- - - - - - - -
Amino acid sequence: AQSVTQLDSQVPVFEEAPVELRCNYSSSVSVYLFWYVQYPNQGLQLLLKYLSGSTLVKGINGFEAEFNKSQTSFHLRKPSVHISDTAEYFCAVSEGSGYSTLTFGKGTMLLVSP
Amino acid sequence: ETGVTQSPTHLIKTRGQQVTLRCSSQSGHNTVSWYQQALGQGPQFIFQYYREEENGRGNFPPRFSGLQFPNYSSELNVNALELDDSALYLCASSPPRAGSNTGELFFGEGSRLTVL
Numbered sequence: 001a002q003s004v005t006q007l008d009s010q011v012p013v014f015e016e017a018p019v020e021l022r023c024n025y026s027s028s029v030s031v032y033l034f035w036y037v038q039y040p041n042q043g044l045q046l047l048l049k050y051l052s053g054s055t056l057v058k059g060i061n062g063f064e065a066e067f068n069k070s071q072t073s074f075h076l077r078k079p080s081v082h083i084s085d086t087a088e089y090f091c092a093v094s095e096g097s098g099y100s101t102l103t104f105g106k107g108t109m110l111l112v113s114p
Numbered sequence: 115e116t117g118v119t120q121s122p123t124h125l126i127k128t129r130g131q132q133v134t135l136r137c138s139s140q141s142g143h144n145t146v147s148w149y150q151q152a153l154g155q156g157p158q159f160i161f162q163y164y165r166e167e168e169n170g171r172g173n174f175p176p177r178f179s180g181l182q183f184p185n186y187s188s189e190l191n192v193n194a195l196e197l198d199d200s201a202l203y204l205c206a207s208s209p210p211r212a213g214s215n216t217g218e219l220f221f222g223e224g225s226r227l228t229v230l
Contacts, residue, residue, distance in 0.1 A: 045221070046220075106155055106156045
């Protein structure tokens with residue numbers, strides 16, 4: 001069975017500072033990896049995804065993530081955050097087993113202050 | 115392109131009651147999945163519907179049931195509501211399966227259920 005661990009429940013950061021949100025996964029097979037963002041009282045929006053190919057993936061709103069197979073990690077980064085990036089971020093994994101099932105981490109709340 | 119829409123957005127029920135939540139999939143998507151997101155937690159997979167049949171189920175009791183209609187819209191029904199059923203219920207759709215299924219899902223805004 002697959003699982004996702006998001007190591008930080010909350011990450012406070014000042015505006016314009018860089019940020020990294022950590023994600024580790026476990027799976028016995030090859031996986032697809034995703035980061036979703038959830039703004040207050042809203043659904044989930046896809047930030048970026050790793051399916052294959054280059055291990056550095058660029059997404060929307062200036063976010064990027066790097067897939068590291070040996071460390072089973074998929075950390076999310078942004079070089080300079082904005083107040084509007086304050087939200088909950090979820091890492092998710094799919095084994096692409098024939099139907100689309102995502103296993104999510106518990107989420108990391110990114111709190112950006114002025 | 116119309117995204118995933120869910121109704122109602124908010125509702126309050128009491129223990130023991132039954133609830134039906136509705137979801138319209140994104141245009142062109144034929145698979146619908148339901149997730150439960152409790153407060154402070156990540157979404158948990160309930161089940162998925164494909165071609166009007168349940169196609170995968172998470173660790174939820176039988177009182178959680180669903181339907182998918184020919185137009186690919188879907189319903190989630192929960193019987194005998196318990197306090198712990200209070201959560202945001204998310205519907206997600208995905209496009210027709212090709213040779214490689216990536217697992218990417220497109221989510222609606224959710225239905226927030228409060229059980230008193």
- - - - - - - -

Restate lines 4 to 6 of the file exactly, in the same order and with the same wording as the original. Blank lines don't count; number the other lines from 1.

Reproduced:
Numbered sequence: 115e116t117g118v119t120q121s122p123t124h125l126i127k128t129r130g131q132q133v134t135l136r137c138s139s140q141s142g143h144n145t146v147s148w149y150q151q152a153l154g155q156g157p158q159f160i161f162q163y164y165r166e167e168e169n170g171r172g173n174f175p176p177r178f179s180g181l182q183f184p185n186y187s188s189e190l191n192v193n194a195l196e197l198d199d200s201a202l203y204l205c206a207s208s209p210p211r212a213g214s215n216t217g218e219l220f221f222g223e224g225s226r227l228t229v230l
Contacts, residue, residue, distance in 0.1 A: 045221070046220075106155055106156045
């Protein structure tokens with residue numbers, strides 16, 4: 001069975017500072033990896049995804065993530081955050097087993113202050 | 115392109131009651147999945163519907179049931195509501211399966227259920 005661990009429940013950061021949100025996964029097979037963002041009282045929006053190919057993936061709103069197979073990690077980064085990036089971020093994994101099932105981490109709340 | 119829409123957005127029920135939540139999939143998507151997101155937690159997979167049949171189920175009791183209609187819209191029904199059923203219920207759709215299924219899902223805004 002697959003699982004996702006998001007190591008930080010909350011990450012406070014000042015505006016314009018860089019940020020990294022950590023994600024580790026476990027799976028016995030090859031996986032697809034995703035980061036979703038959830039703004040207050042809203043659904044989930046896809047930030048970026050790793051399916052294959054280059055291990056550095058660029059997404060929307062200036063976010064990027066790097067897939068590291070040996071460390072089973074998929075950390076999310078942004079070089080300079082904005083107040084509007086304050087939200088909950090979820091890492092998710094799919095084994096692409098024939099139907100689309102995502103296993104999510106518990107989420108990391110990114111709190112950006114002025 | 116119309117995204118995933120869910121109704122109602124908010125509702126309050128009491129223990130023991132039954133609830134039906136509705137979801138319209140994104141245009142062109144034929145698979146619908148339901149997730150439960152409790153407060154402070156990540157979404158948990160309930161089940162998925164494909165071609166009007168349940169196609170995968172998470173660790174939820176039988177009182178959680180669903181339907182998918184020919185137009186690919188879907189319903190989630192929960193019987194005998196318990197306090198712990200209070201959560202945001204998310205519907206997600208995905209496009210027709212090709213040779214490689216990536217697992218990417220497109221989510222609606224959710225239905226927030228409060229059980230008193």